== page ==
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Home » Industry & Business » How Canada’s Top Water Research Institute is Advancing Water Security Solutions at Home and Around the World

The Global Institute for Water Security (GIWS) at the University of Saskatchewan is the top water resources research institute in Canada and one of the most advanced hydrology research centres in the world.

GIWS is dedicated to protecting our precious freshwater resources that we need for the world’s growing demand for sustainable food production, mitigating the risk of water-related disasters such as floods, droughts, and fires, predicting and forecasting extremes of global change through the use of advanced remote sensing and modelling techniques, and co-creating traditional knowledge with western science towards empowered Indigenous communities in protecting water health.

Find out more about our research, like the projects outlined below, and how you can work and study with us by visiting

Decolonization & Indigenization

Headshot - Lori Bradford

Lori Bradford

Assistant Professor, Ron and Jane Graham School of Professional Development, College of Engineering, and School of Environment and Sustainability

Contributed by: Community Partners and Lori Bradford, Lalita Bharadwaj, Graham Strickert, Tim Jardine, Karl-Eich Lindenschmidt.

At GIWS, researchers and community members are working together to help address the challenging water issues experienced by Indigenous communities across the country. Our work includes both community led and community engaged projects that actively support reconciliation.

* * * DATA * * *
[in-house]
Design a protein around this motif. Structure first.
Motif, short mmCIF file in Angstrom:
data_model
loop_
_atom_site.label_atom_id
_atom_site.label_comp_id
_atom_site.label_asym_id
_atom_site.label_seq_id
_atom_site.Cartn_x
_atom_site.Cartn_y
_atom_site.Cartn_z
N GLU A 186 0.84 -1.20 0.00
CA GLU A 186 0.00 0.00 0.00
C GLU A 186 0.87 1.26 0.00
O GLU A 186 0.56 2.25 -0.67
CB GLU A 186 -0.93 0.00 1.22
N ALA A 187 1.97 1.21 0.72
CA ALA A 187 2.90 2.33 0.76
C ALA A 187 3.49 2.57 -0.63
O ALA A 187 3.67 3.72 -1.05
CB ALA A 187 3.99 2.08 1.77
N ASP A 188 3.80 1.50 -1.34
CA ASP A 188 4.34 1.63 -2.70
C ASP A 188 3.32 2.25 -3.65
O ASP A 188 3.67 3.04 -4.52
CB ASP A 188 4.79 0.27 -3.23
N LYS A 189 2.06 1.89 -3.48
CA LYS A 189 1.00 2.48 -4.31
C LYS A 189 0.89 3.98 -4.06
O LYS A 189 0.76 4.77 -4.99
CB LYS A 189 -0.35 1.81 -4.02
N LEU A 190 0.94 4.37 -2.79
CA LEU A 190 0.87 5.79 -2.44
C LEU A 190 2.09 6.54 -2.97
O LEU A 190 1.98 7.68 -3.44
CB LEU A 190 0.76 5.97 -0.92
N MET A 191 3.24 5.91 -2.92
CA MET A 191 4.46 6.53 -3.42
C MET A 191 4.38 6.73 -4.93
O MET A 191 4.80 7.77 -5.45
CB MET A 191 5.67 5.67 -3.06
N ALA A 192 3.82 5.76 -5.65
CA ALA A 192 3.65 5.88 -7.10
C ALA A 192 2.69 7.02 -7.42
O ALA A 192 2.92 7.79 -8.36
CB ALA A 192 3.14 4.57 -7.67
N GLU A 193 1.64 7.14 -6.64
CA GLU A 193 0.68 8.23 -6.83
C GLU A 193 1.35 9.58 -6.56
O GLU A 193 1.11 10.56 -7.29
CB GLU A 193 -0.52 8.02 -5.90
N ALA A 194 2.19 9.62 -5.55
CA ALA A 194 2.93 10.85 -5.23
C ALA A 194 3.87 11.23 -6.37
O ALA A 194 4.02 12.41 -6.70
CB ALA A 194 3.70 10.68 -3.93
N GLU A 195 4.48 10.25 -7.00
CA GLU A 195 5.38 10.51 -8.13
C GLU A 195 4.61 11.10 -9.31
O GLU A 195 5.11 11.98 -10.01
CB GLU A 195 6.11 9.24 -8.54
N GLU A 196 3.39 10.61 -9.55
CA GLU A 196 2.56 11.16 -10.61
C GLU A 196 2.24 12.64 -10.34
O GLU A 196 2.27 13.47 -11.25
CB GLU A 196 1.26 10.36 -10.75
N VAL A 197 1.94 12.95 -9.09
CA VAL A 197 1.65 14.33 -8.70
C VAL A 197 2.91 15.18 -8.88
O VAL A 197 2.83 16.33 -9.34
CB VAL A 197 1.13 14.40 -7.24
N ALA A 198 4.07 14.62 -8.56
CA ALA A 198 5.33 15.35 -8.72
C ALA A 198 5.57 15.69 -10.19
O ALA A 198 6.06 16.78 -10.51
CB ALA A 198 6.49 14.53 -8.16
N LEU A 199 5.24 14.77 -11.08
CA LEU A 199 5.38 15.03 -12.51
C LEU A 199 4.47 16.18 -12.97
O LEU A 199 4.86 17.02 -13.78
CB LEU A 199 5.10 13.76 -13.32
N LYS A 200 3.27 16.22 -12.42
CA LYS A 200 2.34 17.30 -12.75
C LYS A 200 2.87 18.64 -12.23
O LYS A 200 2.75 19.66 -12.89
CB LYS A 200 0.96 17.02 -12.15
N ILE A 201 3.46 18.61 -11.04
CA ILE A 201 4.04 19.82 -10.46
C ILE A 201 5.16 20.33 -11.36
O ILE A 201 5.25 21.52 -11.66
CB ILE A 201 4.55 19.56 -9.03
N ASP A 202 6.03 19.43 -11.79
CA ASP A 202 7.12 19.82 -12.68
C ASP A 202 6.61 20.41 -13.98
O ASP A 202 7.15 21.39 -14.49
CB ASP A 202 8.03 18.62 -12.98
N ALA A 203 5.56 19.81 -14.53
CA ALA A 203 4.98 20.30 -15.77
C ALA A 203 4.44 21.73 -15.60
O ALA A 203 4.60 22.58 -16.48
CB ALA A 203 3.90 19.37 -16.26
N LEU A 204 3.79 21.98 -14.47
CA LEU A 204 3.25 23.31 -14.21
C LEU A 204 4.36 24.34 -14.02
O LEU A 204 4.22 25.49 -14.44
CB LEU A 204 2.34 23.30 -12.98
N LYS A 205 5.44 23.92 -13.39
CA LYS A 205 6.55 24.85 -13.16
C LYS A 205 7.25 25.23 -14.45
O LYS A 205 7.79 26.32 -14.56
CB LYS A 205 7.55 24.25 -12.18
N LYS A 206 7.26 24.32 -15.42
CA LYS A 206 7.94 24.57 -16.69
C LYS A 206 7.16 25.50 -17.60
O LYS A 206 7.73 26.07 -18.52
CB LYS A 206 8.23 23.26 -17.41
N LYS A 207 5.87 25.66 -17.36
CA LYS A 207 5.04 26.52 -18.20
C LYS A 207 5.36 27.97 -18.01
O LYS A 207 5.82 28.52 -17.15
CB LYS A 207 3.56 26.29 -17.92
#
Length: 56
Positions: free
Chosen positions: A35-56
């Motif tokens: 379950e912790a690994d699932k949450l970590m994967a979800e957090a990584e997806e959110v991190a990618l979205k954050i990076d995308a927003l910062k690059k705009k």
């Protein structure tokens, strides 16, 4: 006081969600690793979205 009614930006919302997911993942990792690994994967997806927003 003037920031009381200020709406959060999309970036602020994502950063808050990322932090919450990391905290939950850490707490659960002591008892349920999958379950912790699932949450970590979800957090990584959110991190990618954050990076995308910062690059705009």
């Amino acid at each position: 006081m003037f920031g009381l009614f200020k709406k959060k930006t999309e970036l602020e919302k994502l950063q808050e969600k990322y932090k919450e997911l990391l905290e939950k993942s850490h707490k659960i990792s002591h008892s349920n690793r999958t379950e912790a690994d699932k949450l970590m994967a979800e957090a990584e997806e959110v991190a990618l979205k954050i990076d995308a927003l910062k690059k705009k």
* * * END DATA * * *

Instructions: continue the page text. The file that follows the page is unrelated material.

We are finally catching up to social scientists and humanists in recognizing the value of Indigenous knowledge.

Communication and acceptance is the first step in building empathy. Few early projects in GIWS drove the wider acceptance of arts-based knowledge mobilization as a key stream for researchers to empathize and get to know communities affected by water challenges. Our members organized the action-theatre play called Downstream in 2014-2015 that shared perspectives of what water security means to those living across the Saskatchewan River Basin. Another project named ‘Delta Ways Remembered’, show cased a whiteboard animation video, which tells the story of Elder’s lived experience with water in the Slave River and Delta. The Building Bridges traveling exhibit and our annual GIWS photo contests highlighted our abilities to reflect on our work through different lenses. These projects gained more appreciation and lead us to a path of reconciliation through culturally harmonized artwork and storytelling.

In the past decade, the most important change seen in GIWS is the growing acceptance of epistemological pluralism by faculty trained in the natural sciences. We are finally catching up to social scientists and humanists in recognizing the value of Indigenous knowledge. Our researchers have embraced multiple ways of learning and sharing this knowledge, which has opened the door for others to get on board and accept the validity of this knowledge source.

Beavers and Climate Change

Headshot - Cherie Westbrook

Cherie Westbrook

Professor & Director, NSERC CREATE
for Water Security